Wednesday, January 26, 2011

Executable compression

Packing an executable to a smaller size is a common task, and the compression algorithms share a lot in common with good text compression systems. Most good executable compression algorithms have some method of interpreting, filtering or transforming the program instructions to a more compressible format. The most well-known compression algorithms are:
  • Run Length Encoding - where multiples of the same in-order data are represented in a compressed form. For example, the word "beekeeper", may be represented as "b(2x e)k(2x e)per", with an appropriate coding results in a reduction in size. This kind of compression works well on 8bit images and is found in image formats such as BMP.
  • Huffman compression - each code is represented with a number of bits proportional to the frequency of occurrence. For example, we could represent vowels with shorter bits, and consonants with longer bit sequences, or "e" could be represented with "1" and every other character with 0 plus the usual 8 bits then "beekeeper" would come to "b11k11p1r" in a total of 4x 9 bits and 5x 1 bit totalling to 41 bits rather than 72 bits.
  • Lempel-Ziv (LZ) - a dictionary of all previous data is kept and references are made back to the history of the data. For example, "beekeeper" could be represented as "be(-1,1)k(-3,2)p(-2,1),r" which translates to "be" plus the same character as before (-1) and one (1) byte of it, resulting in "bee", then "k", followed by the occurrence three characters before (-3) and (2) bytes of it, resulting in "beekee", etc.
  • Arithmetic coding is similar to huffman coding (and explained very concisely by Charles Bloom), in essence it also assigns bits according to the probability of occurrence (as a "floating point" number), and then re-scales/encodes the probabilities to fixed-point. Arturo ("Dario Phong") Campos has a concise explanation.
  • PAQ - this is generally considered the state-of-the-art compression algorithm. It uses conditional probabilistic models to achieve optimal compression.
There is plenty of source code around the web for these algorithms, but the Basic Compression Library provides routines for RLE (Run Length Encoding), Huffman, Rice, Lempel-Ziv (LZ77) and Shannon-Fano compression algorithms. And Matt Mahoney maintains the PAQ algorithms. There are also quite a few general executable compressors available including UPX and Mpress, both zip and 7zip can generate self-extracting executables. Microsoft CAB also performs very well (See trimmit for Mac). But the state-of-the-art in self-extracting executable compressors for small programs are Crinkler and kkrunchy for < 4kb and < 128kb programs respectively. (A good resource for various tools is available at in4k)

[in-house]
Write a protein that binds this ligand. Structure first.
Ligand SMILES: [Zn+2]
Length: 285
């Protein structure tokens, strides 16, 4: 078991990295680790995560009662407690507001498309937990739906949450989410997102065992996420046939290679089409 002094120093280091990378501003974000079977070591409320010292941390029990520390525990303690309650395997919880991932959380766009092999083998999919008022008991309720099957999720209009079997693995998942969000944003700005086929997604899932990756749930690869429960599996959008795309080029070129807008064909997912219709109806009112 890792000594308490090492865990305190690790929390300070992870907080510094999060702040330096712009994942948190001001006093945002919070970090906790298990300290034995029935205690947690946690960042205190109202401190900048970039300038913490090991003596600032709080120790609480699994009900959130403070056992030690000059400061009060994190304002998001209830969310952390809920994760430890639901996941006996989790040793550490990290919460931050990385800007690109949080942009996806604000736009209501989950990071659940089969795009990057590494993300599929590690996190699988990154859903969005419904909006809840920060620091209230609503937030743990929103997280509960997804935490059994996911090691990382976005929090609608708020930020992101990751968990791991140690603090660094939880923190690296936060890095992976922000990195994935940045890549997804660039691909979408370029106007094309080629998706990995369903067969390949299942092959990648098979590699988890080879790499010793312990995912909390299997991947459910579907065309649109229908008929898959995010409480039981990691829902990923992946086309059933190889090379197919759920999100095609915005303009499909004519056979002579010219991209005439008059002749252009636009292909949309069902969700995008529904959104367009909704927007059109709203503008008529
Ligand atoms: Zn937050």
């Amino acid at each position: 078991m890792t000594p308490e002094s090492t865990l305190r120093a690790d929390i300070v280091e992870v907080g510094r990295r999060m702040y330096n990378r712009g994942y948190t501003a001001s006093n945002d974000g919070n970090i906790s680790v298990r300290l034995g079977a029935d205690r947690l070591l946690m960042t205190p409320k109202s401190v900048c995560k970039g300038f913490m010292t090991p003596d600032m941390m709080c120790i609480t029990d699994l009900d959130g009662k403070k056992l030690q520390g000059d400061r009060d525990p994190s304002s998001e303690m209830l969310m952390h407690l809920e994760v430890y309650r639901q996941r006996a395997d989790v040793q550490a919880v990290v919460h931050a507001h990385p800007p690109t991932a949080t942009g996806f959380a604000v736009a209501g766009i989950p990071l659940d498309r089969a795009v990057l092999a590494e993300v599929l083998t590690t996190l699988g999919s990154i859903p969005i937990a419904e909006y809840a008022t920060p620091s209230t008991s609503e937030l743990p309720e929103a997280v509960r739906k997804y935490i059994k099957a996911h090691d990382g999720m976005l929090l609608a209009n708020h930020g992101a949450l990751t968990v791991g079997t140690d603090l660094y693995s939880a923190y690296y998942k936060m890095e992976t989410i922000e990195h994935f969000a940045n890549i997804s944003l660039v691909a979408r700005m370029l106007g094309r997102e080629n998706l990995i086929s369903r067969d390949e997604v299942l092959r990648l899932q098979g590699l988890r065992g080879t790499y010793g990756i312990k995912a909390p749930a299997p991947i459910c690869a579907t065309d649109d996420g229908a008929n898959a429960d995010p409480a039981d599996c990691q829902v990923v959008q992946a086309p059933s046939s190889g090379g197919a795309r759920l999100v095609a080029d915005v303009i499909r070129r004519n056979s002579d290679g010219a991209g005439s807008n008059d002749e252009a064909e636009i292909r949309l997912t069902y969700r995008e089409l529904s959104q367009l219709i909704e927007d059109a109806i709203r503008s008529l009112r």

These compressors use a standard compression algorithm but also transform the input to a more compressible format. The most common transform algorithm is the Burros Wheeler Transform (BWT), this attempts to re-order data so that similar codes are close to each other - increasing the ability for the data to be compressed.

For executable compression patterns in the instructions stream can be leveraged to increase the compression ratio. For example, instructions often address similar areas of memory, simple delta-encoding of the address values can typically greatly increase the compression ratio.

Recently, both kkrunchy and Crinkler were described in detail. The author of kkrunchy Fabian "ryg" Giesen wrote a great blog post describing how kkrunchy works. Since kkrunchy works with larger file sizes some more intelligent tricks can be applied. Alexandre Mutel decomposed the Crinkler compressor in his blog post and posted some fabulous pictures of before-vs-after entropy of a compressed executable. Unfortunately, both of these programs are targeted at Windows PE files, and so don't work for other platforms (See here, here, here and here for tips on PE).

The usual approach to exe compression on linux/osx is just to do the modern-day version of com/cab dropping and compress your program with gzip and have a script extract and execute the program. This lacks a bit of flare, but works. Articles describing elf and mach-o are available by Brian Raiter and Amit Singh respectively, but unfortunately they are a little out of date.

A few tools have been written for linux and osx including the byte-optimized linker (x86/64) and obj stripping for linux, and iPakk and muncho for OSX (again, a bit dated). An older elf stripper is also around, and Timo Wiren gives a good overview too. Unfortunately, a similar page on OSX is no longer available online (maybe one day). All in all, I've still found your best bet on a platform other than Windows is just to follow Timo Wiren's first step of advice and do a simple dropper:
  1. Write your program, and compile it: g++ helloworld.cpp
    int main() {
    printf("hello world!\n");
    return 0;
  2. Optional: Strip it
    strip a.out
  3. Compress it:
    gzip a.out
  4. Create the unpack script (unpack.header):
    a=/tmp/I;tail -n+2 $0|zcat>$a;chmod +x $a;$a;rm $a; exit
  5. Combine the script and zip into a final executable:
    cat unpack.header a.out.gz > program
    chmod +x program
  6. Enjoy!

My a.out went from 8768 to 1153 bytes. Nice. (Using strip saves me 160 bytes on the original and 136 bytes on the final, but I'm sure you can save more by being clever about use of the gcc crt, gcc flags and throwing a few tools at this process).

1 comment:

Anonymous said...

Nice overview with a lot of very interesting links, awesome!